Sequoyah’s syllabary for the Cherokee language

Stan Carey in Sentence First:

Jared Diamond’s book Guns, Germs and Steel has an engrossing chapter on the evolution of writing as a communication technology. It includes a brief account of the development of a syllabary – a set of written characters that represent syllables – for the Cherokee language. The syllabary looks like this:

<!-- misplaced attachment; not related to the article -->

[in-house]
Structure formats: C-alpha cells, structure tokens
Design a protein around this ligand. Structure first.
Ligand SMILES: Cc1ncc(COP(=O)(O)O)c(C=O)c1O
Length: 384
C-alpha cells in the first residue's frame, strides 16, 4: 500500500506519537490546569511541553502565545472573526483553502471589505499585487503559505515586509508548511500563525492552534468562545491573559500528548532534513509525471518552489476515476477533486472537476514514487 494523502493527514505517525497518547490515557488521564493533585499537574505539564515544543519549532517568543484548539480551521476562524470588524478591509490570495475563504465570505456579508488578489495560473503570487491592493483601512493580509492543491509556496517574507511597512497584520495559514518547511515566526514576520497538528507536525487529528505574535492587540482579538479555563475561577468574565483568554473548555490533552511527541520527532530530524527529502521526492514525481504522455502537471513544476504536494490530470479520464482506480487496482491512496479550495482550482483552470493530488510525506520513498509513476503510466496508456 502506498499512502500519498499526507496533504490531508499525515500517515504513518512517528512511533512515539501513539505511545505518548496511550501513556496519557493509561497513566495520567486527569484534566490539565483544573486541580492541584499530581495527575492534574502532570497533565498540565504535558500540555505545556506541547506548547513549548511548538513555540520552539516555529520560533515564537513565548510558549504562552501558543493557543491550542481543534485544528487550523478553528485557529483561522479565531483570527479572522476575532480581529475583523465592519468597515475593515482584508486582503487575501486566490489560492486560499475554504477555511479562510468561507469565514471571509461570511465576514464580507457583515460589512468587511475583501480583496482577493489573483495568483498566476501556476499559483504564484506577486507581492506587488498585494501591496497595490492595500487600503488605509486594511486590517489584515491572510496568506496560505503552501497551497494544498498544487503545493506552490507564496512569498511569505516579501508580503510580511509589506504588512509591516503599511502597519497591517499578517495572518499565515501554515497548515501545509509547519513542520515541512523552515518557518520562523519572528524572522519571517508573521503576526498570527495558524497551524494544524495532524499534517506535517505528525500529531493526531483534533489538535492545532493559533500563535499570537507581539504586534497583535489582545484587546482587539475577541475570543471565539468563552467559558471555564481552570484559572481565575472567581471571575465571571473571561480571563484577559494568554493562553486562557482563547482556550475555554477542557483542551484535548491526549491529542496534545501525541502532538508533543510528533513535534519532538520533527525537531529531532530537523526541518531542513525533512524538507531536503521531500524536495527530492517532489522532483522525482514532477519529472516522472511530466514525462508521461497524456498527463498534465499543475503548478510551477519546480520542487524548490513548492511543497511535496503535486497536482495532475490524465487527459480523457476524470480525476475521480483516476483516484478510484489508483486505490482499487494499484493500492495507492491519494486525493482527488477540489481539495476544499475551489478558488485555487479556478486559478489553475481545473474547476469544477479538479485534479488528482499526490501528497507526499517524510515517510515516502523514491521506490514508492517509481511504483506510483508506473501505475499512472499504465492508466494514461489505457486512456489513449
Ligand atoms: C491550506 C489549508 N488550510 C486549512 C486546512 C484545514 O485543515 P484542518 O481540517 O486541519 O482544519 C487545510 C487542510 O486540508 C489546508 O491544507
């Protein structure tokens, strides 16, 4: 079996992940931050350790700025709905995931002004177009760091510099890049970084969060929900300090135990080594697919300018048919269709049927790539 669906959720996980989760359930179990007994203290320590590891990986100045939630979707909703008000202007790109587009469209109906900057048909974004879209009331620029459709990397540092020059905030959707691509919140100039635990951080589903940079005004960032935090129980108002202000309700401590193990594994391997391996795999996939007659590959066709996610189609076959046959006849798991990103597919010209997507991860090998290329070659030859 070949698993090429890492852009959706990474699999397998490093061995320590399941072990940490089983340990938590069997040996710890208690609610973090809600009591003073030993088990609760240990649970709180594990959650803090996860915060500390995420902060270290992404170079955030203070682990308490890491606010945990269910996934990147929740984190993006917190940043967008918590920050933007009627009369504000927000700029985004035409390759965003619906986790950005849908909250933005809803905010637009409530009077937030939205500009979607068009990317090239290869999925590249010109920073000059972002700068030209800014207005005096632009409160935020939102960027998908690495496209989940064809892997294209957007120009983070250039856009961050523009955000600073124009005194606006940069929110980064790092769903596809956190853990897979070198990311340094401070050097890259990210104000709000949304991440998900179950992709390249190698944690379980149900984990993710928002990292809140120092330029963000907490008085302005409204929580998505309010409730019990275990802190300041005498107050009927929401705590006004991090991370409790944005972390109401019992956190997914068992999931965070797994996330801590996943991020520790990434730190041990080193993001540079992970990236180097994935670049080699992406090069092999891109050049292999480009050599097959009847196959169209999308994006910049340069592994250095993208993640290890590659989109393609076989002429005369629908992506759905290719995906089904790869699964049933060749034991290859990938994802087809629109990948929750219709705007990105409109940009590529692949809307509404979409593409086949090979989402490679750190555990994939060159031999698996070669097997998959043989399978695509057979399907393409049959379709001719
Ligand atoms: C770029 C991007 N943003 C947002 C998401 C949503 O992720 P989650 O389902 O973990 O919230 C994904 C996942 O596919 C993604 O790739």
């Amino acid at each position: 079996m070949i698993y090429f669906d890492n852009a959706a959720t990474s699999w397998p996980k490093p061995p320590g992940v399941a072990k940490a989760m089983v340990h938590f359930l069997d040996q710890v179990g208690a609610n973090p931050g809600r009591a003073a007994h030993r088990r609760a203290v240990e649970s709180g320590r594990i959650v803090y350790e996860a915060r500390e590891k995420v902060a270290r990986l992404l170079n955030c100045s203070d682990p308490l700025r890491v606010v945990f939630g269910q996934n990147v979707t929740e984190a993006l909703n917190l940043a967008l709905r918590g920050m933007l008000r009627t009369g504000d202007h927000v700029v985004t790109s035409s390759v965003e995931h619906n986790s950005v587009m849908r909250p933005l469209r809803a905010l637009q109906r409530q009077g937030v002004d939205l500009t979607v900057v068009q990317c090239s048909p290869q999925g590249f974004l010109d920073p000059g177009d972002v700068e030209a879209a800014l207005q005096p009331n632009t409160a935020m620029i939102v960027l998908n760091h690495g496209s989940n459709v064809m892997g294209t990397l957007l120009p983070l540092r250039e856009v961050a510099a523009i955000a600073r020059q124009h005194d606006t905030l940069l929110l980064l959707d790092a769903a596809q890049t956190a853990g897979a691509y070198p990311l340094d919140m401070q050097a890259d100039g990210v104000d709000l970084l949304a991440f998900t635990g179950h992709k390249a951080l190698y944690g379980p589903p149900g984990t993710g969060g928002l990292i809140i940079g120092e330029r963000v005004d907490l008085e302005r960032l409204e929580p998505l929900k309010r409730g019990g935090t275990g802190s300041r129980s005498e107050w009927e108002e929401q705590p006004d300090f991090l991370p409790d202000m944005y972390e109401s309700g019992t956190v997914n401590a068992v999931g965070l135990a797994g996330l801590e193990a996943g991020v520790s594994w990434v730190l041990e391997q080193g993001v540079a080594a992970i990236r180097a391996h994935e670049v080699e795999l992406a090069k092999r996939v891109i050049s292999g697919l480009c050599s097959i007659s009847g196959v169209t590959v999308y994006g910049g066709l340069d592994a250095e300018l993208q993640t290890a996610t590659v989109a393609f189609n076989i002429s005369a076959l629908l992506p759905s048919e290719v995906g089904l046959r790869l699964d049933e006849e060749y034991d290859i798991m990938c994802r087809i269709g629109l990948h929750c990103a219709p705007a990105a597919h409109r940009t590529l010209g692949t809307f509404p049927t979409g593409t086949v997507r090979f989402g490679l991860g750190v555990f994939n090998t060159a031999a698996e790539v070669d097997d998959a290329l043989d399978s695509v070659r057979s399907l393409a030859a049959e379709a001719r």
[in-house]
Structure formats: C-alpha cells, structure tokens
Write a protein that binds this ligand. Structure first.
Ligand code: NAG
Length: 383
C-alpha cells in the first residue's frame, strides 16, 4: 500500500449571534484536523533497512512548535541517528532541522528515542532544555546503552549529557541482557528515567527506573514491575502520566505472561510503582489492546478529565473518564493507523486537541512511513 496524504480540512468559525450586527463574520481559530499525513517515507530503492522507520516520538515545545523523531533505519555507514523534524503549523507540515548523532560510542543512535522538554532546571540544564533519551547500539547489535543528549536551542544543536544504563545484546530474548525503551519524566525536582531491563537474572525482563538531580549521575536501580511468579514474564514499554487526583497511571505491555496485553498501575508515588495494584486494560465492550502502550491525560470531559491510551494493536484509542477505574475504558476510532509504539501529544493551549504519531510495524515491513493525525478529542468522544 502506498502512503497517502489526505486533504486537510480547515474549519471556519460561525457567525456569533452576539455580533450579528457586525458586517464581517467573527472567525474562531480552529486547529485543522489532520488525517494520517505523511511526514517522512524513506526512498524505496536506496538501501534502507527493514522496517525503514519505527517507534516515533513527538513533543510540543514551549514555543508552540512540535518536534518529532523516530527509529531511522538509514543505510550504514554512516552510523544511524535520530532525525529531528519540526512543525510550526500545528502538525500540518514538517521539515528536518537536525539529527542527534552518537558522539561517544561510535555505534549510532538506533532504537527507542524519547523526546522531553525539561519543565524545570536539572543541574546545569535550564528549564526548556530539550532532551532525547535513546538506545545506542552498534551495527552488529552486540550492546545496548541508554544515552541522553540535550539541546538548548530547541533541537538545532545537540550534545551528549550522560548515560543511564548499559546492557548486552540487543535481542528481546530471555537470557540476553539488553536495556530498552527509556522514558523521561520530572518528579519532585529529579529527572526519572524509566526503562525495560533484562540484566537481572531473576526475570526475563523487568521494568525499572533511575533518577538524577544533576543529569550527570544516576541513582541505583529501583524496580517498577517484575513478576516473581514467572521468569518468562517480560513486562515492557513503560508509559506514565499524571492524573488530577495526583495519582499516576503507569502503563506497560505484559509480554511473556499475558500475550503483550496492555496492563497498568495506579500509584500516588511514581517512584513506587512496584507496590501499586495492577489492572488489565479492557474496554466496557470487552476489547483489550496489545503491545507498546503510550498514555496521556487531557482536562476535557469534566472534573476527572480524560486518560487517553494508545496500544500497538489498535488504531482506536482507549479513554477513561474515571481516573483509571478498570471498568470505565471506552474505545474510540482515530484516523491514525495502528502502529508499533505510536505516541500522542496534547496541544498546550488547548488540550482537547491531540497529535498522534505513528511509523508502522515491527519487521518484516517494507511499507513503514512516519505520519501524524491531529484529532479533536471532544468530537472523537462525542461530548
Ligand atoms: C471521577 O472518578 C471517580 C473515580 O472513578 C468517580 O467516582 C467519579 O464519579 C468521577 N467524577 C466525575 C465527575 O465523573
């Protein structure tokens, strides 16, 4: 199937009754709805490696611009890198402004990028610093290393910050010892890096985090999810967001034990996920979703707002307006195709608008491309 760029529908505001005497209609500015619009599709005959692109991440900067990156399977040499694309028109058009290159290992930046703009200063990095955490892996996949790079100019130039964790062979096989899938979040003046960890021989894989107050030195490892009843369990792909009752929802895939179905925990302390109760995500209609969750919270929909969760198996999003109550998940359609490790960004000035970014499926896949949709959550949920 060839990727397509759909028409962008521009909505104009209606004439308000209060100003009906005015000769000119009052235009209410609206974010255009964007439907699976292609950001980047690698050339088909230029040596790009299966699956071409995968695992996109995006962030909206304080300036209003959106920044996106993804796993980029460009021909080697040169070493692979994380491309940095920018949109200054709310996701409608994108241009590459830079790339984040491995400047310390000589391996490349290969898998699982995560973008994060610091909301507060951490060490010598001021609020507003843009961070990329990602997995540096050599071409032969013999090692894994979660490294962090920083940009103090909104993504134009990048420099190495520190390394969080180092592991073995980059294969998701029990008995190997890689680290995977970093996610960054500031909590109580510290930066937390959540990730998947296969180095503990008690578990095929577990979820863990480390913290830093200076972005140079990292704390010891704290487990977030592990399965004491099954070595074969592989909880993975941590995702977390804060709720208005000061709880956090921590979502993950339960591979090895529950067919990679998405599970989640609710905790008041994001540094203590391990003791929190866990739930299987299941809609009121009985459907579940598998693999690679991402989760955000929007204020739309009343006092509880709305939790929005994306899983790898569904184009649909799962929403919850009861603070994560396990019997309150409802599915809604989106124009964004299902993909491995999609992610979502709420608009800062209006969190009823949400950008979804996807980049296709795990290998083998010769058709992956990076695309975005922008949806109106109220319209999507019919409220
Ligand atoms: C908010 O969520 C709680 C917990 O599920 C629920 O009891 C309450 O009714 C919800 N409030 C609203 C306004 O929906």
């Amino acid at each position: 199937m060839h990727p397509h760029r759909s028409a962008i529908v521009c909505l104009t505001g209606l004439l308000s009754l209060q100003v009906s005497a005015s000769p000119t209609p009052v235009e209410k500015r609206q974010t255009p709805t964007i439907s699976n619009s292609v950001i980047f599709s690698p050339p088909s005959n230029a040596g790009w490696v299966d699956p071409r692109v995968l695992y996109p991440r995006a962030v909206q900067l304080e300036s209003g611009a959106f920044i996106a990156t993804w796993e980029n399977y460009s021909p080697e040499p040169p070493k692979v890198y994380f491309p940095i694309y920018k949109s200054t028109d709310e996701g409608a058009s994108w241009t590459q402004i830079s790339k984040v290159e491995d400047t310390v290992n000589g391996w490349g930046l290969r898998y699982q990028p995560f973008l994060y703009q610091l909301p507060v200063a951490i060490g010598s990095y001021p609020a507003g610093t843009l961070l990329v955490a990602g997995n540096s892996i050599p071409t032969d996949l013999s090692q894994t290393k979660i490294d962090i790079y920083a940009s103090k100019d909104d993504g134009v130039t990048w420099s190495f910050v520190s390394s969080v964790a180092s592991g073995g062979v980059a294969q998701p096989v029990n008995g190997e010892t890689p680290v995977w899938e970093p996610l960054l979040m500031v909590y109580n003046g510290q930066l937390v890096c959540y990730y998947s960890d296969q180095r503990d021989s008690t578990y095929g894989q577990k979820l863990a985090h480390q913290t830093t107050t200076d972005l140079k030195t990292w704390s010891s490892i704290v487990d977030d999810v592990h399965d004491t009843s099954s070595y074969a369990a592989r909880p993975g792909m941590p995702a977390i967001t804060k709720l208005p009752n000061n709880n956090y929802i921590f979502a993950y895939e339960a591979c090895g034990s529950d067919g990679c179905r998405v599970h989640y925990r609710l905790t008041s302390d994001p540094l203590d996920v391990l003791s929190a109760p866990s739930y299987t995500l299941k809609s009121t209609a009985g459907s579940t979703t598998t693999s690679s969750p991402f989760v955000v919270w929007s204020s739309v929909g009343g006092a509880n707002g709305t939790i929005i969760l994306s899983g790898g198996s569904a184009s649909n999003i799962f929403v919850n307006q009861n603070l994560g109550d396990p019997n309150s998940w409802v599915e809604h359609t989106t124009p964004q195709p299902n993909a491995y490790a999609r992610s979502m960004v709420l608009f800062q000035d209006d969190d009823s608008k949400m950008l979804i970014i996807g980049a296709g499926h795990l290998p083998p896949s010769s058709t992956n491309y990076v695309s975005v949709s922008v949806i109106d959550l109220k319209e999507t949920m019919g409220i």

Some of the signs (or ‘syllabograms’) will look familiar, others like variations of familiar shapes. But any similarity to the Roman, Greek, and Hebrew alphabets is misleading. For example, in a nice demonstration of the arbitrariness of the sign, the first three, RDW, encode the sounds eala. So what’s going on?

I’ll let Diamond tell most of the story. First, a step back.

More here.

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